Self-Regulation as a Mediator of Exercise Motivation and Life Satisfaction

students, life satisfactionCollege is a period where many students struggle with life satisfaction or satisfaction with their weight. Low life satisfaction has been associated with depression and suicidal thoughts. There is evidence that higher levels of both exercise motivation and self-regulation correlate with higher levels of life satisfaction. A randomized controlled trial was conducted to evaluate how an online delivery of a self-regulation intervention would impact life satisfaction in college students.

All participants were Rowan students 18 years of age or older. Methods: Participants were randomly assigned to week-long sessions after participation in a pre-test. There were two groups, one, the control group that did a ten-minute daily free write and second, a treatment group that did a daily food/exercise log. Post-tests were administered one week after pre-test. Levels of life satisfaction, self-regulation, and exercise motivation are measured at pre- and post-test for both groups. Preliminary analyses verified the relationship between life satisfaction and exercise motivation.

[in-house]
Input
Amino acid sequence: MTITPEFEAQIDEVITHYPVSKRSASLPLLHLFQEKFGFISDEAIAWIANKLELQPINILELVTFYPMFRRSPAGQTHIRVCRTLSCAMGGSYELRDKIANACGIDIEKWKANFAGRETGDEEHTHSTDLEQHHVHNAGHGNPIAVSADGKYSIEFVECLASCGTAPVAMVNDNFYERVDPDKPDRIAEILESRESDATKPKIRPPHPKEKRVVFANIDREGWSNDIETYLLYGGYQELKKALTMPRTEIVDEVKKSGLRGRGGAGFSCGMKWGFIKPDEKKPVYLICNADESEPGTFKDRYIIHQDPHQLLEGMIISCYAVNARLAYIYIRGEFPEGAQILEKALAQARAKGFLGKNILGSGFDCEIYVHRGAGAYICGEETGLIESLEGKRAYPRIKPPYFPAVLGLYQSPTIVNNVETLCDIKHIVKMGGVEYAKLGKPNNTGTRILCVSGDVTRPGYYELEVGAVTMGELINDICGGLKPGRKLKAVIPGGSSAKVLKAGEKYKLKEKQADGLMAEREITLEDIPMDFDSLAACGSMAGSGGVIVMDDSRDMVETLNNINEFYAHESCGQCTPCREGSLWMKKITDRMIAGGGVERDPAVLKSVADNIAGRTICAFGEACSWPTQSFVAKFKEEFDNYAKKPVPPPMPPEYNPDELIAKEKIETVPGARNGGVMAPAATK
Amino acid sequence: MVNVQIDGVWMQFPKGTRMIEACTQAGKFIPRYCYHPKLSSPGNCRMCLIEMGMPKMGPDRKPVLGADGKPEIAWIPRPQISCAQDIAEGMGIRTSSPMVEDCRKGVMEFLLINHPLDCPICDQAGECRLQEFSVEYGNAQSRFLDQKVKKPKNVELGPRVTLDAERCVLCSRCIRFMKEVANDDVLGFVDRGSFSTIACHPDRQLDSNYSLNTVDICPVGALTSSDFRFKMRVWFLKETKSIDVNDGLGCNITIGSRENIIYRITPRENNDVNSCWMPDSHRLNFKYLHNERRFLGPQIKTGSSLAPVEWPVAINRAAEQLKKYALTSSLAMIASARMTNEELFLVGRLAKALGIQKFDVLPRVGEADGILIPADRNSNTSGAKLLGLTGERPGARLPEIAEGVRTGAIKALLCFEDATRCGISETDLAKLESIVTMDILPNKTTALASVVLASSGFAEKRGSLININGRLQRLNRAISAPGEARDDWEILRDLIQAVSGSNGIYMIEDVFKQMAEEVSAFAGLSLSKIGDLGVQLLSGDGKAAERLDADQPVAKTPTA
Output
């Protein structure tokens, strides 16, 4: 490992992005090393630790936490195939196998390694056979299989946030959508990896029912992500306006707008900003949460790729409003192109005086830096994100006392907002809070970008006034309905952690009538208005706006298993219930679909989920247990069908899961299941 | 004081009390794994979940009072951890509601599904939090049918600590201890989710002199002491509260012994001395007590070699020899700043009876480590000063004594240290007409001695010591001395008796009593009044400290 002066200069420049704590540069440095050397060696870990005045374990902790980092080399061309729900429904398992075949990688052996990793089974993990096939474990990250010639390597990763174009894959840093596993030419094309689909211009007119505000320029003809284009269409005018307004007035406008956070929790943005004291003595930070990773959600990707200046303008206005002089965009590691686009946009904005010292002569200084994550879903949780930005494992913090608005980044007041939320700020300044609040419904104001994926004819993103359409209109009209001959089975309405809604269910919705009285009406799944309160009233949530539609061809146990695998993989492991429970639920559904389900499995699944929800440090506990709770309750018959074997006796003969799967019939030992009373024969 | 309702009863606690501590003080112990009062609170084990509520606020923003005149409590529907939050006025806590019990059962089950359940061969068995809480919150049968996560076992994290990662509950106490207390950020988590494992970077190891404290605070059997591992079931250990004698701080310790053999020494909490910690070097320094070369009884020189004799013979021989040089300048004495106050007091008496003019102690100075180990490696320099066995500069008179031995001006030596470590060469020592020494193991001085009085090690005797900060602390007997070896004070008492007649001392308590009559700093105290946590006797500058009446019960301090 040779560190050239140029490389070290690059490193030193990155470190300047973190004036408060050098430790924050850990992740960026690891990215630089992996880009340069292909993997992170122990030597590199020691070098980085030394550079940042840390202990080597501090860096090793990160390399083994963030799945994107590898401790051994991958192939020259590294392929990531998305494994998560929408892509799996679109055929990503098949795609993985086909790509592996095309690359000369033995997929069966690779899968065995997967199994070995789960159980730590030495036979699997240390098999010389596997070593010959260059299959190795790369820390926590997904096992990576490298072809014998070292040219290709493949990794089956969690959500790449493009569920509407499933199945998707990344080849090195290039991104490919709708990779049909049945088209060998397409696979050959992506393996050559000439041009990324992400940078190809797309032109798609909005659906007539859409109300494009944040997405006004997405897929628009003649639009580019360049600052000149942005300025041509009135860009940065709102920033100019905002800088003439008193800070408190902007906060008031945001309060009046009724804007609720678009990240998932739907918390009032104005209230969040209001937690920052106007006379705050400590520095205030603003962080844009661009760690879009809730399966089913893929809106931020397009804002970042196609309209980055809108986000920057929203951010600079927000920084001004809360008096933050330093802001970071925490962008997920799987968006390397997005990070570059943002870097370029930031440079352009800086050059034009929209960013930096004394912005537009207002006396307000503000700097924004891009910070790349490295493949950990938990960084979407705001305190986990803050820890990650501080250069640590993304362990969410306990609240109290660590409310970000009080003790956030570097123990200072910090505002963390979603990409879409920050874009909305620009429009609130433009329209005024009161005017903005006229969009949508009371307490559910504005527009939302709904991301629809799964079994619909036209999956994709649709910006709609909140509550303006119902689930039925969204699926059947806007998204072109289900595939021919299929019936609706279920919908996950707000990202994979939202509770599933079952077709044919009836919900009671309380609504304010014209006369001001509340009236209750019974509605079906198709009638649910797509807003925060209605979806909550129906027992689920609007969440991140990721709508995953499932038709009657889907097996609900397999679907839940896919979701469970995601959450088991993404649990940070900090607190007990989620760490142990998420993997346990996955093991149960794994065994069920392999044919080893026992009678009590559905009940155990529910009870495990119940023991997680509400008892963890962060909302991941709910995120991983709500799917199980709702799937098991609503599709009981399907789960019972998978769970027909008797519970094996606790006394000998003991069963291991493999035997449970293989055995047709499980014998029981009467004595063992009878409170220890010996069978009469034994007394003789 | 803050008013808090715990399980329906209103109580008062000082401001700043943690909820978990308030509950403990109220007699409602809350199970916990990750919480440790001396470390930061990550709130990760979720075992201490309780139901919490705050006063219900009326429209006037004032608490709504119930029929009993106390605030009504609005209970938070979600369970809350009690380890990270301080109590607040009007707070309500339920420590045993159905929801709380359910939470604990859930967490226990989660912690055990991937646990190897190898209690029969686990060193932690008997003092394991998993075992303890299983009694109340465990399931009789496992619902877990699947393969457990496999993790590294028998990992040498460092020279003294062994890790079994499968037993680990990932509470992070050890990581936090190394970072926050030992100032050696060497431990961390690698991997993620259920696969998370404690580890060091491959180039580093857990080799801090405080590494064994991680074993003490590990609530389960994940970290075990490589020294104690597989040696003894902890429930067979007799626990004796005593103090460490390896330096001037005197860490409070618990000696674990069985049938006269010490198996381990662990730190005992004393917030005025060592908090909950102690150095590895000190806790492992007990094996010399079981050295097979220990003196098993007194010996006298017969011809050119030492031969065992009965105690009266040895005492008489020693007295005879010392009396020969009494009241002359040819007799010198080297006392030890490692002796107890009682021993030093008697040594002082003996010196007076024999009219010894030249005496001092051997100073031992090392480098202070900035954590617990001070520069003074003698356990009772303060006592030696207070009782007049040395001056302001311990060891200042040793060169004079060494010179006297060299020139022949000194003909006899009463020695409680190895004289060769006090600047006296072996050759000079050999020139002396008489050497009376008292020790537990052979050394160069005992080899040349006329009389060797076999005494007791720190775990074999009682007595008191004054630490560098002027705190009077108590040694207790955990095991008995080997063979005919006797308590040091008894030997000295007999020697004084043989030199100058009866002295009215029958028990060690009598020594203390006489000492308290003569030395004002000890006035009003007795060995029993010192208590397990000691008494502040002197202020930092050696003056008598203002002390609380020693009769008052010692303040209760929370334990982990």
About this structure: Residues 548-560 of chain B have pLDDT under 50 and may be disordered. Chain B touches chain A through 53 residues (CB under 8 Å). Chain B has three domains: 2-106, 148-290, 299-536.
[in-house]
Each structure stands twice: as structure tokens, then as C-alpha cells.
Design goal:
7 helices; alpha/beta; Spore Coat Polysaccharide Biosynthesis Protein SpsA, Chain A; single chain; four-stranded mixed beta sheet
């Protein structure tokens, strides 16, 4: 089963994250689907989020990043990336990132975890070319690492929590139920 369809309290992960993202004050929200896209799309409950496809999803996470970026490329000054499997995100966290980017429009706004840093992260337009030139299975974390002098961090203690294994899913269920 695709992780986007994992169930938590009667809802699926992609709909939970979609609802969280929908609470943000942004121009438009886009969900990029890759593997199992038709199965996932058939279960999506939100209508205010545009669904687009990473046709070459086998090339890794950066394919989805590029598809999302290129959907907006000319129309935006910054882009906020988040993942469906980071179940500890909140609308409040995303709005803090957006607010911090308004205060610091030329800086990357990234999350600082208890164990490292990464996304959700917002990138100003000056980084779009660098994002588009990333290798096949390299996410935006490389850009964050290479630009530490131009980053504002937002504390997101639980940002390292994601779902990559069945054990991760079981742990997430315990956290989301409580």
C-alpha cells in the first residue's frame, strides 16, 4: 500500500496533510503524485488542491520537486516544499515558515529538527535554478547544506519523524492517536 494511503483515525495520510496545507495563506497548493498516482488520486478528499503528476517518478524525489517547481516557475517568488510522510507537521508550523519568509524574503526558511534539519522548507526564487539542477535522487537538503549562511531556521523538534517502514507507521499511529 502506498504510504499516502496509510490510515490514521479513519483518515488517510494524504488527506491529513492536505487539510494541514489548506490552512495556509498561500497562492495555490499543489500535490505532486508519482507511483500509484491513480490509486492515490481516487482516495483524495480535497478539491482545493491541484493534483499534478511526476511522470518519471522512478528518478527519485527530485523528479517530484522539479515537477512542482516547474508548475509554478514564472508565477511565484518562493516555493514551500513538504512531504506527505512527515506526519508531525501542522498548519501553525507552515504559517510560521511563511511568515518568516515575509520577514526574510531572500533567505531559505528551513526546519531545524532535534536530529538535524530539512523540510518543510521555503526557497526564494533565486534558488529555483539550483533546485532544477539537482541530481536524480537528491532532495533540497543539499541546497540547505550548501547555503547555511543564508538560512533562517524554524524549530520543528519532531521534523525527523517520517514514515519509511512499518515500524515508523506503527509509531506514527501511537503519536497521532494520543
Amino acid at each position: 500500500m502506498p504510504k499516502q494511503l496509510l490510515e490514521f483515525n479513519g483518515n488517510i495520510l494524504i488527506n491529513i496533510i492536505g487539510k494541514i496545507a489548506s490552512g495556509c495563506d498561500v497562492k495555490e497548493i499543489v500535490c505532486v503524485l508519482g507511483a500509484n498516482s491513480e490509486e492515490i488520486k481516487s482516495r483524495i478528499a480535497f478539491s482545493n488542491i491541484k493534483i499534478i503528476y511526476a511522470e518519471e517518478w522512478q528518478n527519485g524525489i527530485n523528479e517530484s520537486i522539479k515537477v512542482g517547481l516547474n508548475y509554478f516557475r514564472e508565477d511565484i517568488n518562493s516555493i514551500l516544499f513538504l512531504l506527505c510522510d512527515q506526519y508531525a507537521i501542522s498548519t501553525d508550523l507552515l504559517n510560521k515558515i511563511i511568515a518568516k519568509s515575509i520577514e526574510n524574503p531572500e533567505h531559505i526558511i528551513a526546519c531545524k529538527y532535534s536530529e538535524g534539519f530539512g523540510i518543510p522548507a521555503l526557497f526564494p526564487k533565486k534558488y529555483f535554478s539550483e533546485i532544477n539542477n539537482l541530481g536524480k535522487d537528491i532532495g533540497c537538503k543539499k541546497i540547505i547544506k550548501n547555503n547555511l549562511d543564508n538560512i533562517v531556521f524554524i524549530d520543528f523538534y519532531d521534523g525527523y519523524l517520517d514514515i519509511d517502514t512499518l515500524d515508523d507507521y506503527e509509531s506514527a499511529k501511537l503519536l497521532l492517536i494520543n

Multiple regression analysis was used to assess the differences in post-tests between the groups, with self-regulation acting as a mediator between exercise motivation and life satisfaction. We expect to have preliminary findings by the date of the conference.

Authors: Emily Wright & Ryan Janesko

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